Jacques Wildberger was born in 1922 in Basel, Switzerland. Already as a teenager he became acquainted with works by contemporary composers such as Hindemith, Honegger, Stravinsky, Krenek, and Schoenberg. Upon graduating from high school in 1940 he studied piano with Eduard Henneberger and theory with Gustav Güldenstein at the Basel Conservatory, until 1944. He soon turned his attention to composition.
Impacted by the political circumstances in the 1940s, in 1944–45 Wildberger wrote revolutionary songs on texts of Erich Mühsam, a writer who had been murdered by the Nazis. A decisive experience for Wildberger was a performance of Vladimir Vogel’s oratorio “Thyl Claes,” which impressed him deeply and changed his view of composition. From 1948 to 1952, therefore, he studied with Vladimir Vogel in the Swiss Canton of Ticino, focusing on the twelve-tone technique of Schoenberg, and he participated for the first time at the Darmstadt Summer Courses.
The young composer became internationally known in 1953 with his orchestral work “Tre mutazioni,” which had been commissioned by Heinrich Strobel. Although he found recognition abroad, and though his works were performed, in his home country his stature as contemporary composer hardly improved; he was viewed as a communist and as a composer of unpopular twelve-tone music. Politically Wildberger distanced himself from communism after the veil was lifted on Stalin’s crimes. He no longer saw the importance of the musical avant-garde by writing politically motivated music, but by writing twelve-tone music.
From 1959 to 1966 Wildberger taught composition, analysis, and orchestration at the Baden School of Music in Karlsruhe, Germany. Starting in 1966, until his retirement in 1987, he taught harmony, analysis, orchestration, and composition at the Music Academy in Basel. A grant by the German Academic Exchange Service (DAAD) allowed him to take a one-year leave in 1967, during which time he stayed in West Berlin.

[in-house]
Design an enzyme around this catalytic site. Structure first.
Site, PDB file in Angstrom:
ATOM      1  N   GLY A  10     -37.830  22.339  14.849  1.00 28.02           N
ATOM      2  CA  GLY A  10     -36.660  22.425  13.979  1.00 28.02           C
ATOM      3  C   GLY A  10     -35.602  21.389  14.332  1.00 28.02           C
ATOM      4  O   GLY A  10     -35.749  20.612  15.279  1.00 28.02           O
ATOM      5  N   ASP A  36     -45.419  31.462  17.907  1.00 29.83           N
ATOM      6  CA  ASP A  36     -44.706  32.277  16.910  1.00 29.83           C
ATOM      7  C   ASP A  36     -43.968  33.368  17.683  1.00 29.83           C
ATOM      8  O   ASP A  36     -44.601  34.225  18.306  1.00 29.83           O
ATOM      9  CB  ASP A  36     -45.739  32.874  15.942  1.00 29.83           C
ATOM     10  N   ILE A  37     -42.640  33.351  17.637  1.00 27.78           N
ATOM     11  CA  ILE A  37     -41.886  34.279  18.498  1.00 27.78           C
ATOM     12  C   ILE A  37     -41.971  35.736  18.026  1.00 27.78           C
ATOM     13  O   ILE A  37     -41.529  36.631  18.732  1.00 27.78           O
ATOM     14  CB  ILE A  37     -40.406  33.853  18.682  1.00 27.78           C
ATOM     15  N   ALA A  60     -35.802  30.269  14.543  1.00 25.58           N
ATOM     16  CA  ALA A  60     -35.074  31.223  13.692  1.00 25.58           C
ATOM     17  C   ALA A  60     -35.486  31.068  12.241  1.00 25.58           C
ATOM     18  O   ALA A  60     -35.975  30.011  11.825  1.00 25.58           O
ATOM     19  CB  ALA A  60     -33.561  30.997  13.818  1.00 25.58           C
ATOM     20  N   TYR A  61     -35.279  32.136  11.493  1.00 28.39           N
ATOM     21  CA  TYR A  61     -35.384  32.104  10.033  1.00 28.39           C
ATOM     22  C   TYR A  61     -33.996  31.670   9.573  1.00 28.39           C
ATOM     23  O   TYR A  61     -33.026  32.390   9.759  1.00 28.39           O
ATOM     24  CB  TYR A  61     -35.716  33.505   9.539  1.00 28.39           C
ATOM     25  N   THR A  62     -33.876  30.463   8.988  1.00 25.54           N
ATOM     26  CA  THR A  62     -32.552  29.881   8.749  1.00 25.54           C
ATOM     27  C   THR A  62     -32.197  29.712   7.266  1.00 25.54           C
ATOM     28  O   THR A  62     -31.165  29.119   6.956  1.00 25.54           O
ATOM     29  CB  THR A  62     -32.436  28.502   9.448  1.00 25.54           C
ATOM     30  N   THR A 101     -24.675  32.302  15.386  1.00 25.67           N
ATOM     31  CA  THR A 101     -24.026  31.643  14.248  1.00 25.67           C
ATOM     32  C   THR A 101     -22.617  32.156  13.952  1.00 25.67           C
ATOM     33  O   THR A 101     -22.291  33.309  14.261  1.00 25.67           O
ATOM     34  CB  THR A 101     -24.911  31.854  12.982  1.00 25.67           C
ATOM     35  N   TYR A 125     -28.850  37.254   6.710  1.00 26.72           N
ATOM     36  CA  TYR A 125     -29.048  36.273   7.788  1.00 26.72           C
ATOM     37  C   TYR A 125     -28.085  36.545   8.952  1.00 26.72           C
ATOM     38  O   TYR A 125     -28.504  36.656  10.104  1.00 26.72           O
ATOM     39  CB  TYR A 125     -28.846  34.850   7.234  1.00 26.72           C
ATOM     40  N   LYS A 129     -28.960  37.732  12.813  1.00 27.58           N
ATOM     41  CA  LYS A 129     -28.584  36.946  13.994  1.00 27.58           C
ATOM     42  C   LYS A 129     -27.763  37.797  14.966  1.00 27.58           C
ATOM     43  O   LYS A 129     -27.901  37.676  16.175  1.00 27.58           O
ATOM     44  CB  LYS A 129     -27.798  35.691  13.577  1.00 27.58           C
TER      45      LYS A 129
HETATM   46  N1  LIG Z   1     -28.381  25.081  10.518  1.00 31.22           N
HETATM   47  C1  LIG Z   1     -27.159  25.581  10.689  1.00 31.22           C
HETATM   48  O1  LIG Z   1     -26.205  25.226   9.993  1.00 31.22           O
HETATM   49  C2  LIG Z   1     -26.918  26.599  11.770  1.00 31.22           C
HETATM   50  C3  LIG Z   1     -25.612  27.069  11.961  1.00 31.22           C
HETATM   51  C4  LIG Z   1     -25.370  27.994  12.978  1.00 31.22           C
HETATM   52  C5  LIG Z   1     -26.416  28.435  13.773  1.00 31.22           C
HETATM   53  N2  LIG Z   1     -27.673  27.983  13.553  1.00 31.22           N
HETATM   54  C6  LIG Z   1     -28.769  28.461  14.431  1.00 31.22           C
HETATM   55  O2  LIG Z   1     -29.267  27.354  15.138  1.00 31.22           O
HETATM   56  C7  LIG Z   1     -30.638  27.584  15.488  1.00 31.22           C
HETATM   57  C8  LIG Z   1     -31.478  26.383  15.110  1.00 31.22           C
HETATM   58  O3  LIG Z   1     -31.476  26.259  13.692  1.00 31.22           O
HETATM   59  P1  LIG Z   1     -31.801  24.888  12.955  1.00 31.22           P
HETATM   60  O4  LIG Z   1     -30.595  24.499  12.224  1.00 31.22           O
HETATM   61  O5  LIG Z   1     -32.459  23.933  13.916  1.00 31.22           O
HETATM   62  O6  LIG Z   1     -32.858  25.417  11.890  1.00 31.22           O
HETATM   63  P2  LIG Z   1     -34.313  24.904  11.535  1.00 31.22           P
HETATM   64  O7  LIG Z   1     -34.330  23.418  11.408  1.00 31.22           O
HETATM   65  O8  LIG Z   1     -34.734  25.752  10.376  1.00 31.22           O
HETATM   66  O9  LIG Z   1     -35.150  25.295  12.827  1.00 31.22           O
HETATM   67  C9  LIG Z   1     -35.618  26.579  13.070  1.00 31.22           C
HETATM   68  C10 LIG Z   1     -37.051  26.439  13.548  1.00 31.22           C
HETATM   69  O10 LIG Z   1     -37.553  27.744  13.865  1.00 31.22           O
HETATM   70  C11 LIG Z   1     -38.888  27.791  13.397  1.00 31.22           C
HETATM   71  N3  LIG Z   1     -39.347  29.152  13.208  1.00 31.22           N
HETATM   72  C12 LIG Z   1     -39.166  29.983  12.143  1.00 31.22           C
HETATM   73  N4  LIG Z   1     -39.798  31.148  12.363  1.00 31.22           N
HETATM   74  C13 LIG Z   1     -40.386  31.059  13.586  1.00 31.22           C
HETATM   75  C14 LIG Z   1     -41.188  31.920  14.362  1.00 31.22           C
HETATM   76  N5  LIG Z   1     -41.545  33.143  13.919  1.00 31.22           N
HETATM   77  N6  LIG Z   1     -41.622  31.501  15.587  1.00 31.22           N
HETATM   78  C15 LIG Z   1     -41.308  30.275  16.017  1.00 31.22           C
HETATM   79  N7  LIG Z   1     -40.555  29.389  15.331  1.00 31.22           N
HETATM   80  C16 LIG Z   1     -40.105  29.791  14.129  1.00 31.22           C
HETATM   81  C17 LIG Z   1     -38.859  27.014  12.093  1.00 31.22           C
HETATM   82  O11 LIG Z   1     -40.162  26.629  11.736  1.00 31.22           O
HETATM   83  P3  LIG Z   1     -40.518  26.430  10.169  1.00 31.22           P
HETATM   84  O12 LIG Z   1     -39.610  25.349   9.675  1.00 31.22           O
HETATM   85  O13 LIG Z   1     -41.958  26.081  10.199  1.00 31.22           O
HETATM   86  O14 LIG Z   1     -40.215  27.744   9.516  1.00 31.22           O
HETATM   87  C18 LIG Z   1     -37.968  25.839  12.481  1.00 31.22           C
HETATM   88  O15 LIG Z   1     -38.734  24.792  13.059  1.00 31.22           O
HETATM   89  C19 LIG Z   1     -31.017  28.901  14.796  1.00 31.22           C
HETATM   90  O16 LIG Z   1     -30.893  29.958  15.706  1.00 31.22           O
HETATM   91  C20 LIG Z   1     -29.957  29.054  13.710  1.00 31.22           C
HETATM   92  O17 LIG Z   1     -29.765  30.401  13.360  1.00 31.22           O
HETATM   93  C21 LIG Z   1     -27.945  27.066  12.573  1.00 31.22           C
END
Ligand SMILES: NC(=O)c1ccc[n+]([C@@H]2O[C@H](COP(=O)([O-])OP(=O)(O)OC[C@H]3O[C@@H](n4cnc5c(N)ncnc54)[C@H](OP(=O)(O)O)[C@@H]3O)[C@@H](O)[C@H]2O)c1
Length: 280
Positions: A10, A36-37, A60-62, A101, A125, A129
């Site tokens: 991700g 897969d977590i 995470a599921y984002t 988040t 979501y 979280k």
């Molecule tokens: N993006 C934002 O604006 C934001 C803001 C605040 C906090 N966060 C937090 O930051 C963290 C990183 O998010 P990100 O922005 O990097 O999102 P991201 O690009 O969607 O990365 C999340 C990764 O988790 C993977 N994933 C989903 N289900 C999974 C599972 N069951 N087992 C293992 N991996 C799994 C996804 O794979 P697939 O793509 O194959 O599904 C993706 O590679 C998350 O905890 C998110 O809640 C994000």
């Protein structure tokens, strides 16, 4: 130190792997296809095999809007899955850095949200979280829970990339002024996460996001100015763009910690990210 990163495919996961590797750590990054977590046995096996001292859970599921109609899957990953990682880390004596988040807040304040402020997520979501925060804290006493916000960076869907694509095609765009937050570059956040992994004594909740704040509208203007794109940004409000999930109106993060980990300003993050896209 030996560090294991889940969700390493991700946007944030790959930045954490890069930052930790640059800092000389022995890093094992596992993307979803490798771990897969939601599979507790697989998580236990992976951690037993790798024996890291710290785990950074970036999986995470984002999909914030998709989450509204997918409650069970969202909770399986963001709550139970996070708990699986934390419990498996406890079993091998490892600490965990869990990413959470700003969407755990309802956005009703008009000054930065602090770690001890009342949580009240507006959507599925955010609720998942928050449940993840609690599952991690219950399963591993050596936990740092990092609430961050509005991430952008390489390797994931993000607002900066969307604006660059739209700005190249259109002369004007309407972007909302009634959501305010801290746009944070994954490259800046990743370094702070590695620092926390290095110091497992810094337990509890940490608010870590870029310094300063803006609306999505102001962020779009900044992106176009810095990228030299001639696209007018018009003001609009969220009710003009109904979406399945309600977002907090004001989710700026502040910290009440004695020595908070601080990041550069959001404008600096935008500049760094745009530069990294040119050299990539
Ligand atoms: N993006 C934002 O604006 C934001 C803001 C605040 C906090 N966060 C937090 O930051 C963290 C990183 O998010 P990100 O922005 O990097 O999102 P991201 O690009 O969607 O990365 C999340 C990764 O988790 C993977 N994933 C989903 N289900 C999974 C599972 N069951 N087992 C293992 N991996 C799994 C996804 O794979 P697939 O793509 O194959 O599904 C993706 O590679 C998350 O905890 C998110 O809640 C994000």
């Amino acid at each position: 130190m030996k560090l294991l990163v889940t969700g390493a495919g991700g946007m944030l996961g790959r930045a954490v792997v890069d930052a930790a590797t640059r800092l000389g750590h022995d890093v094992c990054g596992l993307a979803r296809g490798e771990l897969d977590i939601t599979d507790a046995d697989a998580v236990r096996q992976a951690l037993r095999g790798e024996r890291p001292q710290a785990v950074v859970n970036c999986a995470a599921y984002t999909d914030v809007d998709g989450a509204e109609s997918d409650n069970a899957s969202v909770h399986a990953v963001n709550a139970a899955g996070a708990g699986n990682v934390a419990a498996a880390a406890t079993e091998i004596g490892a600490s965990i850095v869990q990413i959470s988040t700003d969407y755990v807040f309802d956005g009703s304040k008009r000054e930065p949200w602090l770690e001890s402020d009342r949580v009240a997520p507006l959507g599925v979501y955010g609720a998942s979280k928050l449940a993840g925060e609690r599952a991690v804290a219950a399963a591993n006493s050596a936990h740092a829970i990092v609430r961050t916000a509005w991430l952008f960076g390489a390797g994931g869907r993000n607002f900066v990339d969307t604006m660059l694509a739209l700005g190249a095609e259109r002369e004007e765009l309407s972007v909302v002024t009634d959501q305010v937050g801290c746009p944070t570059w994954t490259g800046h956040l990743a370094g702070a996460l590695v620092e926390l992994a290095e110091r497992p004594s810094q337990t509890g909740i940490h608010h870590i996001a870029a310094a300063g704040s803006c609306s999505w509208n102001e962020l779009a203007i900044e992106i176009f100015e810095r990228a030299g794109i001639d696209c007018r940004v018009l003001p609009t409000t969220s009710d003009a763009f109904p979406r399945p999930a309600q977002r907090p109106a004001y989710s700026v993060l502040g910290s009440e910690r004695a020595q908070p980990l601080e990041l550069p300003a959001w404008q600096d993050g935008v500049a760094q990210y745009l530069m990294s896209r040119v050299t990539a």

The student movement of 1968 again roused his artistic interest in politics. This was manifested in his impactful essay from 1968 entitled, “On the difficulty still to compose nowadays.” In it Wildberger claimed that art and society mutually influence each other. For him, as he writes, music leads to “the discovery of identity, the development of an inner order by means of a reasoned musical language, which should allow me to face the opaque and absurd condition humaine, to survive it. Music should enable me to define my position as an artist within human society and my responsibility towards it, and to present it as a protest against any and all socio-political force and injustice.”
The numerous awards granted to this leading Swiss composer include the prize of the Lions-Club Basel (1960), the Stereo-Prize of the German broadcast association (1965), the Composer Award of the Swiss Association of Musicians (1981), and the Culture Prize of Riehen, Wildberger’s town of residence (1987).
Wildberger died in 2006 in Riehen/Basel.